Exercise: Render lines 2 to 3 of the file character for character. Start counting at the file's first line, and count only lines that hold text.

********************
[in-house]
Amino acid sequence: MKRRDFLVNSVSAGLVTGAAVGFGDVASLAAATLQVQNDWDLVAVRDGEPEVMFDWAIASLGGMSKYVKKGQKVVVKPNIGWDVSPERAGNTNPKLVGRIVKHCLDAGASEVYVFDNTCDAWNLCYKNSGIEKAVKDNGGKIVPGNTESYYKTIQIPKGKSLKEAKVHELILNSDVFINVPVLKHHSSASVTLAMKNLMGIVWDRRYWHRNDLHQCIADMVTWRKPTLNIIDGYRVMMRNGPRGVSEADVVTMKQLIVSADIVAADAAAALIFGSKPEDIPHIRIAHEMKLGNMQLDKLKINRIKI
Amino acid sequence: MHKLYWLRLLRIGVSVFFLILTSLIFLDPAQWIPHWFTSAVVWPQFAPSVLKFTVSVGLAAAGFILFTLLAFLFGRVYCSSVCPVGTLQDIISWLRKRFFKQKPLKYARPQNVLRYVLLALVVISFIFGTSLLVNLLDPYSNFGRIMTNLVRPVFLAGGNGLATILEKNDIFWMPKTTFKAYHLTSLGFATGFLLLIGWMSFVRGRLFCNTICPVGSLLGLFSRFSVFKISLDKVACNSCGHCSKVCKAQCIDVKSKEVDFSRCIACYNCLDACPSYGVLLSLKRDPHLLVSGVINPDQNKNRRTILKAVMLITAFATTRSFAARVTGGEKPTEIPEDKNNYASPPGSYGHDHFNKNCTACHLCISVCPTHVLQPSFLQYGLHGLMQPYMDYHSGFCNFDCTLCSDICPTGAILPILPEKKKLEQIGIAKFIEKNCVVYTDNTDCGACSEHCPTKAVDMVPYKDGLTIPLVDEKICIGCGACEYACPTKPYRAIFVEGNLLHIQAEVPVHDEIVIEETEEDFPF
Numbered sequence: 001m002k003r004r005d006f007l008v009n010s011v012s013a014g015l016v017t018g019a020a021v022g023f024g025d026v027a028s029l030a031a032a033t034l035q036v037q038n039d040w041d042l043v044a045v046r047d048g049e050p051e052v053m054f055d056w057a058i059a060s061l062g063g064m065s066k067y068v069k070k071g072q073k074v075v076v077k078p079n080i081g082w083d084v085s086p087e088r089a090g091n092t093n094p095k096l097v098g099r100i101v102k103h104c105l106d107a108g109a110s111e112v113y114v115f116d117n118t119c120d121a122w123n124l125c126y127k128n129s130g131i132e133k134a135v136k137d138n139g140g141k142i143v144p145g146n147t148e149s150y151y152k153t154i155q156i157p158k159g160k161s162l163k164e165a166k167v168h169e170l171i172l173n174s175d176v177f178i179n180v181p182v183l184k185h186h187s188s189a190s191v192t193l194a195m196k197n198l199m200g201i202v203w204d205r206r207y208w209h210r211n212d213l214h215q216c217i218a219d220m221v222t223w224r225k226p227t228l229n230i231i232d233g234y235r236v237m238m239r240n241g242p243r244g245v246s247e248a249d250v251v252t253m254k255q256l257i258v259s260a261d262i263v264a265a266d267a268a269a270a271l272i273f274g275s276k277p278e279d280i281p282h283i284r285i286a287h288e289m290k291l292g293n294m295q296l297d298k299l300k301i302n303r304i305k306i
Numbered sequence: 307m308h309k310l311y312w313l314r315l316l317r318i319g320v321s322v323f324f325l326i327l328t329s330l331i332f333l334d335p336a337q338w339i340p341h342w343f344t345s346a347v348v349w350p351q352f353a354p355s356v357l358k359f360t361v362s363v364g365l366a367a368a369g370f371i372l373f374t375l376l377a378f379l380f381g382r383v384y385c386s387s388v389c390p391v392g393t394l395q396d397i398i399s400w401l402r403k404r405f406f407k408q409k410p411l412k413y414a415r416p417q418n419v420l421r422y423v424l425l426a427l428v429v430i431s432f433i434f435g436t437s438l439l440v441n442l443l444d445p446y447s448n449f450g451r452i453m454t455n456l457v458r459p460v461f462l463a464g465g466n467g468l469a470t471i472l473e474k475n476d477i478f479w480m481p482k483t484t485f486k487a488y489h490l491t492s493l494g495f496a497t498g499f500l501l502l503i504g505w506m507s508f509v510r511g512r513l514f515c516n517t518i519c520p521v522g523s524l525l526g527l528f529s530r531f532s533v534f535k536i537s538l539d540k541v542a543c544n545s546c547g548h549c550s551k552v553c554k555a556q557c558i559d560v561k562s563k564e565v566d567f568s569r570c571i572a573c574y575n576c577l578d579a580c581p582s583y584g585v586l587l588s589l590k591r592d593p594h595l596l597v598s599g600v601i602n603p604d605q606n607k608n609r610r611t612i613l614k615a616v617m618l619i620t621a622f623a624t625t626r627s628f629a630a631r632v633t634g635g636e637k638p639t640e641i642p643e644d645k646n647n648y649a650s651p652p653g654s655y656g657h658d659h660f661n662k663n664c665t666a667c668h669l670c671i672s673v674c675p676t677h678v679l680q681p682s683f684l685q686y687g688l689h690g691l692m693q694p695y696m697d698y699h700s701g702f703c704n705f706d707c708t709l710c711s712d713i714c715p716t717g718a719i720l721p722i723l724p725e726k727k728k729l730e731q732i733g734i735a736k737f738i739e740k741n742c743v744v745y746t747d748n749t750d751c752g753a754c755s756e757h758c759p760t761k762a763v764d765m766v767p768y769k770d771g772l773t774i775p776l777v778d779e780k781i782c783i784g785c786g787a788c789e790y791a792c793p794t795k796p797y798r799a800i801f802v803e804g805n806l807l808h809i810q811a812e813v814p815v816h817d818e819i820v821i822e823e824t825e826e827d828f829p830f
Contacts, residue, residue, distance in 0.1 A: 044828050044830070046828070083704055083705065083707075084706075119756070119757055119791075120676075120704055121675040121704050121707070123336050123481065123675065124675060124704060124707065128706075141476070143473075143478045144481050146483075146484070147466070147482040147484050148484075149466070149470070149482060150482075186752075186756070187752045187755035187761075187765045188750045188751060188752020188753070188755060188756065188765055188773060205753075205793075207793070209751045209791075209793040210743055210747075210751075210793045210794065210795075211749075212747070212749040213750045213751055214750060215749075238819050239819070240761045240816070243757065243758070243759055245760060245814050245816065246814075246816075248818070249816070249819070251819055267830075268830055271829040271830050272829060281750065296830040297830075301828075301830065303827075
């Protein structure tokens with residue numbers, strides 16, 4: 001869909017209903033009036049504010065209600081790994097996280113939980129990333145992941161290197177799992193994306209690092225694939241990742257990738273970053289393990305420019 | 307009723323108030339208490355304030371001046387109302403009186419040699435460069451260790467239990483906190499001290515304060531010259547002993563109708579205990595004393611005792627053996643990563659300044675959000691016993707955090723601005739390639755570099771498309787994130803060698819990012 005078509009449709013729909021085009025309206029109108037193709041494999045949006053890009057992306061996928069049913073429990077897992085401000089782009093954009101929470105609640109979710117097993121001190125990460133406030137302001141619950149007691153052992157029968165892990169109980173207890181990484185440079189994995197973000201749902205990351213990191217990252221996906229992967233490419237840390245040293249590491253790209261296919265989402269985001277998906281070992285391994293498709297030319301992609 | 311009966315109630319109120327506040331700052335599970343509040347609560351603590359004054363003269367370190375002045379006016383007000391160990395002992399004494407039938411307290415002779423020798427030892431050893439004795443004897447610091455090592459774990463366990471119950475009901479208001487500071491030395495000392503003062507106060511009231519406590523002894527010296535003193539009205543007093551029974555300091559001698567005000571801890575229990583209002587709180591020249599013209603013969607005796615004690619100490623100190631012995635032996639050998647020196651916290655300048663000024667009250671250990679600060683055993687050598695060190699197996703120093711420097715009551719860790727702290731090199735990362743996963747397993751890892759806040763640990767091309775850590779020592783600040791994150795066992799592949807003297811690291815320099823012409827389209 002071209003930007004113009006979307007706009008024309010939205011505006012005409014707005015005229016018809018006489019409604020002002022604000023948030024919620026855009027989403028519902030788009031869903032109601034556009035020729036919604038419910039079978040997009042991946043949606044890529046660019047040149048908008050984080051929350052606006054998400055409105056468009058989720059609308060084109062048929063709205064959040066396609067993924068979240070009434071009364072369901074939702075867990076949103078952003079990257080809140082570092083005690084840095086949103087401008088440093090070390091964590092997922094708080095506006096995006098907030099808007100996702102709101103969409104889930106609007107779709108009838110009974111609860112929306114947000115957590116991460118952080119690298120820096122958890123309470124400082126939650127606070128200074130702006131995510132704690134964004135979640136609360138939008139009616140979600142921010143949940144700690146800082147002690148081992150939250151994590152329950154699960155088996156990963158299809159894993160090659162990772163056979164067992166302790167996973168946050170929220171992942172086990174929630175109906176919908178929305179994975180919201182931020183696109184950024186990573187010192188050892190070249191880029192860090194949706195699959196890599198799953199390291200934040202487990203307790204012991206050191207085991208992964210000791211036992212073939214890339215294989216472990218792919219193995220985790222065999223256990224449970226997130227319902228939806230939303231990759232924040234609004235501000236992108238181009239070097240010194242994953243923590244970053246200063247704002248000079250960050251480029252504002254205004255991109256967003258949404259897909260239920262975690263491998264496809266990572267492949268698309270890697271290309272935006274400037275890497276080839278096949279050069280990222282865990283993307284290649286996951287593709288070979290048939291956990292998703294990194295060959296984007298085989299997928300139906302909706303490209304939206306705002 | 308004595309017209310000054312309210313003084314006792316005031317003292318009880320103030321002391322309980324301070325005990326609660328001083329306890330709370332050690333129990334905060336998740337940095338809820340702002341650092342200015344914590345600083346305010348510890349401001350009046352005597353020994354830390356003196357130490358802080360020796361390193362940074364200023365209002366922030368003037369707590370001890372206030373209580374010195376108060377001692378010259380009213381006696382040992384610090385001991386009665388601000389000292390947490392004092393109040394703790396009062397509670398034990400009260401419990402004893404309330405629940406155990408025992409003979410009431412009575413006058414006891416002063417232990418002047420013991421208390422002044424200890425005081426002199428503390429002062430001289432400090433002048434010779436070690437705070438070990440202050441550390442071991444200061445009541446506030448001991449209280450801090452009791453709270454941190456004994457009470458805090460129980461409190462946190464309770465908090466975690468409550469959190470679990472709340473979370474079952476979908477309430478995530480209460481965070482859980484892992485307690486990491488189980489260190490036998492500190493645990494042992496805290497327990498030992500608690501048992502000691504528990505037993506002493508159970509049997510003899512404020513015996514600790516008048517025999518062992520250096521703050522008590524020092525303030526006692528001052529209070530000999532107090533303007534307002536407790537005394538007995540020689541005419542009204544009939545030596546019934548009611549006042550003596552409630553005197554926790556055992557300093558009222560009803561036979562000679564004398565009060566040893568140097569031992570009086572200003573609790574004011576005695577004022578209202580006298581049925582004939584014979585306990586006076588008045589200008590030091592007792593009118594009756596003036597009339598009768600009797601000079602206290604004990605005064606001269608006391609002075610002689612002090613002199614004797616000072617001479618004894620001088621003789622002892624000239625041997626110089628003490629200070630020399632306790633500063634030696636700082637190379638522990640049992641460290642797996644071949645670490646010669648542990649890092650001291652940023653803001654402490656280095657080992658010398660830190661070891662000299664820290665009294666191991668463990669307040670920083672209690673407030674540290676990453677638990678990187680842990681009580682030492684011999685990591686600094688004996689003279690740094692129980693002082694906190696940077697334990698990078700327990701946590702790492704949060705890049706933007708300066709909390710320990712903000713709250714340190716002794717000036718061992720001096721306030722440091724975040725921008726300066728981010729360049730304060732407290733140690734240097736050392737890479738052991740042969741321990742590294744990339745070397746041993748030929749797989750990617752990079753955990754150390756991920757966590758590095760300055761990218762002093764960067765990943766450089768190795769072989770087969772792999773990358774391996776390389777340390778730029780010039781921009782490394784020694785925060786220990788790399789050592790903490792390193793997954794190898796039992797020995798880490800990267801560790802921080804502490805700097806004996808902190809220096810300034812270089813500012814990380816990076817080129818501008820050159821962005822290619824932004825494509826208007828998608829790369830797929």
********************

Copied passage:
Amino acid sequence: MKRRDFLVNSVSAGLVTGAAVGFGDVASLAAATLQVQNDWDLVAVRDGEPEVMFDWAIASLGGMSKYVKKGQKVVVKPNIGWDVSPERAGNTNPKLVGRIVKHCLDAGASEVYVFDNTCDAWNLCYKNSGIEKAVKDNGGKIVPGNTESYYKTIQIPKGKSLKEAKVHELILNSDVFINVPVLKHHSSASVTLAMKNLMGIVWDRRYWHRNDLHQCIADMVTWRKPTLNIIDGYRVMMRNGPRGVSEADVVTMKQLIVSADIVAADAAAALIFGSKPEDIPHIRIAHEMKLGNMQLDKLKINRIKI
Amino acid sequence: MHKLYWLRLLRIGVSVFFLILTSLIFLDPAQWIPHWFTSAVVWPQFAPSVLKFTVSVGLAAAGFILFTLLAFLFGRVYCSSVCPVGTLQDIISWLRKRFFKQKPLKYARPQNVLRYVLLALVVISFIFGTSLLVNLLDPYSNFGRIMTNLVRPVFLAGGNGLATILEKNDIFWMPKTTFKAYHLTSLGFATGFLLLIGWMSFVRGRLFCNTICPVGSLLGLFSRFSVFKISLDKVACNSCGHCSKVCKAQCIDVKSKEVDFSRCIACYNCLDACPSYGVLLSLKRDPHLLVSGVINPDQNKNRRTILKAVMLITAFATTRSFAARVTGGEKPTEIPEDKNNYASPPGSYGHDHFNKNCTACHLCISVCPTHVLQPSFLQYGLHGLMQPYMDYHSGFCNFDCTLCSDICPTGAILPILPEKKKLEQIGIAKFIEKNCVVYTDNTDCGACSEHCPTKAVDMVPYKDGLTIPLVDEKICIGCGACEYACPTKPYRAIFVEGNLLHIQAEVPVHDEIVIEETEEDFPF